Not long after the 2019 legislative session got underway, the Iowa Senate took a misguided step backward on transparency and sent an ominous signal to Iowans who care what happens at the Capitol.
In the General Assembly, most bills are referred for consideration to legislative committees, addressing subjects such as education or human services.
But those bills first are discussed by subcommittees, usually made up of three lawmakers. It’s the lone step in the committee process where Iowans and interest groups can weigh in on legislation in an open, public discussion.
But in the opening days of the session, several committees in the Republican-controlled Senate adopted rules eliminating previous provisions mandating public access and 24-hour notice of subcommittee meetings. Iowa’s open meetings law doesn’t apply to the Legislature, and the GOP majority can set its own rules governing procedure.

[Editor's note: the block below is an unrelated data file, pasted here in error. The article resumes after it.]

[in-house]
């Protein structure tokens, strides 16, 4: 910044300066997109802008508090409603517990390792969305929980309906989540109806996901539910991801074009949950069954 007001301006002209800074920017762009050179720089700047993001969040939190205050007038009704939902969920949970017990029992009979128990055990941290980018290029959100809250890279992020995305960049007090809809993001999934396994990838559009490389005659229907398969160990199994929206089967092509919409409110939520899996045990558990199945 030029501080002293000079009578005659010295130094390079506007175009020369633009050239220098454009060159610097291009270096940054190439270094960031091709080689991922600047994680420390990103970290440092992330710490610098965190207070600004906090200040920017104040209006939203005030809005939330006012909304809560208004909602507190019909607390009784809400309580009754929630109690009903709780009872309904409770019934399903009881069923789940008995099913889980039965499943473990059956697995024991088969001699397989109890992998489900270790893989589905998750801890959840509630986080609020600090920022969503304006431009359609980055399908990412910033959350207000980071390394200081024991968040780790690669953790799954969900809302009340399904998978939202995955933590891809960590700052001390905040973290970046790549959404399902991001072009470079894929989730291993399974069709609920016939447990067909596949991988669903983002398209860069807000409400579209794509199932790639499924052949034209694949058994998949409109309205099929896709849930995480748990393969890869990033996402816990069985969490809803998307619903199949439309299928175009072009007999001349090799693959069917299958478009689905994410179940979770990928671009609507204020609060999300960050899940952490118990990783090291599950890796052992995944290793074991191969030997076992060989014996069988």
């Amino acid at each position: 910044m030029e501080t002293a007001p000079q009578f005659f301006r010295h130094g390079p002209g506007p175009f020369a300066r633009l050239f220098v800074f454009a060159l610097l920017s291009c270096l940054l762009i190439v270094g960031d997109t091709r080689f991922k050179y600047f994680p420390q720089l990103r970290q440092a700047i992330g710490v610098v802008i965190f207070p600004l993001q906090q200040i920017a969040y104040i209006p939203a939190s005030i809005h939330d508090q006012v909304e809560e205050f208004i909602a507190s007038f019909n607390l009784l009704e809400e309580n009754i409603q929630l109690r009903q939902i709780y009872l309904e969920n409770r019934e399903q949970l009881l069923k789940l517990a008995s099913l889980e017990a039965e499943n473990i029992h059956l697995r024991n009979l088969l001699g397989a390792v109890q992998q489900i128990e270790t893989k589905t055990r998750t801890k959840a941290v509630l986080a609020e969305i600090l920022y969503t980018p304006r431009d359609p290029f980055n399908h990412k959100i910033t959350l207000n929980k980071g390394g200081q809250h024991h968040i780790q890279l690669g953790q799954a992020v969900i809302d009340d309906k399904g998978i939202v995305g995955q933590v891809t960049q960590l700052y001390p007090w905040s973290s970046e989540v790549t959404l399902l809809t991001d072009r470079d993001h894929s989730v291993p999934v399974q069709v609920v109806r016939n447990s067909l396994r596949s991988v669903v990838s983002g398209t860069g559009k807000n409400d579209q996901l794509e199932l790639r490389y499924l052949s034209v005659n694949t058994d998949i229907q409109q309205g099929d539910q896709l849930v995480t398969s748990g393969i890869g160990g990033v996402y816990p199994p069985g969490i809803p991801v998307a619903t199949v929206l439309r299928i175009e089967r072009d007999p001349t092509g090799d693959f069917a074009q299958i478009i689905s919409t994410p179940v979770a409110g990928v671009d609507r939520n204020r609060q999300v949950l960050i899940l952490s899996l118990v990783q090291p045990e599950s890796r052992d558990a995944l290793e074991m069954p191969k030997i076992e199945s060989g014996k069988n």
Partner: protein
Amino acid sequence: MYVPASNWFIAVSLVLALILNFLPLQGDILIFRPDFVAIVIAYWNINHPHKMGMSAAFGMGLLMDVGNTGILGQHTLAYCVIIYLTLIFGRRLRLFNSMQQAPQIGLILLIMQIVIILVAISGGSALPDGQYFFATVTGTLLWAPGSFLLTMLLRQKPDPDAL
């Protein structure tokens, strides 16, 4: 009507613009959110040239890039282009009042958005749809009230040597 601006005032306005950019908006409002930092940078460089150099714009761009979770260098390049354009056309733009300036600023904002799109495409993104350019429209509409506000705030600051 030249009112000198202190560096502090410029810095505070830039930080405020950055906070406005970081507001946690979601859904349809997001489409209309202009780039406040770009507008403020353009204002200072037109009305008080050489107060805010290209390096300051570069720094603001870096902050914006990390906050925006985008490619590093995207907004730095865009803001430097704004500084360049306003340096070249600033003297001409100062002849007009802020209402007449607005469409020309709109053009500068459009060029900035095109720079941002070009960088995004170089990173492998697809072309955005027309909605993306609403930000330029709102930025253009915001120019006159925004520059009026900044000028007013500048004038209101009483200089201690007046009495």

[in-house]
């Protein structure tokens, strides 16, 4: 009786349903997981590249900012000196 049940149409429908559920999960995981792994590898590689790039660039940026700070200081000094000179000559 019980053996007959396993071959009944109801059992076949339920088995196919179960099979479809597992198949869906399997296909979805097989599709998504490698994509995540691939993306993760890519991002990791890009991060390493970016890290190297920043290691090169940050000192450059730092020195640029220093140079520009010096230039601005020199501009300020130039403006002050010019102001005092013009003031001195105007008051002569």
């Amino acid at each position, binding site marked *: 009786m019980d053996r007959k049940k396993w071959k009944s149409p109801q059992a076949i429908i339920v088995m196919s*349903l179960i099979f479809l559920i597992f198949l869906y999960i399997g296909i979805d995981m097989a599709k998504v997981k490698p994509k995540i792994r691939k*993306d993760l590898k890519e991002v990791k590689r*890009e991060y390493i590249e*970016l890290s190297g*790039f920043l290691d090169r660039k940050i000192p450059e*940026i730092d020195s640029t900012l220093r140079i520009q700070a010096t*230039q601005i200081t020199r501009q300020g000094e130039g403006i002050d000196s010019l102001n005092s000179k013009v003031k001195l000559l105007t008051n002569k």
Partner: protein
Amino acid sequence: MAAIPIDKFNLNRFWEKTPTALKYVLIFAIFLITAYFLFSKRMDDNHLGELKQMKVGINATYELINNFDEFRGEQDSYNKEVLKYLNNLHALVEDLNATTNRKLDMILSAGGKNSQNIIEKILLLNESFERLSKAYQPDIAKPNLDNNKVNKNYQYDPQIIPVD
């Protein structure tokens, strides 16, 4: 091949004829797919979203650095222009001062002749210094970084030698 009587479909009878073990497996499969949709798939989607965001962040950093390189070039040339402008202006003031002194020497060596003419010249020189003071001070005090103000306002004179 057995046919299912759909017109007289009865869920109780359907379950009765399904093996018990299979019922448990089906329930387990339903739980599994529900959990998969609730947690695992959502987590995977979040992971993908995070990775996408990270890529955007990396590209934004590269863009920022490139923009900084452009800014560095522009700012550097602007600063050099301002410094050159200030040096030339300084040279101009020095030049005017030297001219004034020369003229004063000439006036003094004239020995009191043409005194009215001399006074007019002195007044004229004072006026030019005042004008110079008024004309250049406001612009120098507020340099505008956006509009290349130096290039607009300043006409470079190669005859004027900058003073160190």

Republicans insist little will change and that new rules simply will give committee chairs more “flexibility” in moving legislation through the process.
Democrats decried the move as an effort to speed legislation to passage without giving Iowans an ample chance to be heard.
Partisanship aside, open meetings and notice indeed are vital to the public’s ability to track and affect the legislative process. Providing less than a day’s notice of subcommittee discussions hampers the ability of Iowans from outside Des Moines to learn of meetings and participate in deliberations.
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Instead, majority lawmakers and allied lobbyists likely will be the first to know. Knowledge is power in the legislative process.
Too often during the previous GOP-controlled General Assembly, bills addressing important issues moved swiftly through the process, leaving Iowans too little opportunity to provide input or apply the brakes. The Senate’s rule change would seem to add a new, higher gear to that turbocharged process.
It’s a bad idea, no matter who controls the Senate. Surely Republicans would object if the same move were made by a Democratic majority.
A desire for scheduling flexibility is not remotely as important as Iowans’ need to understand and be heard on legislative issues affecting their lives. Senate Republicans should put openness and notice back into their rules.
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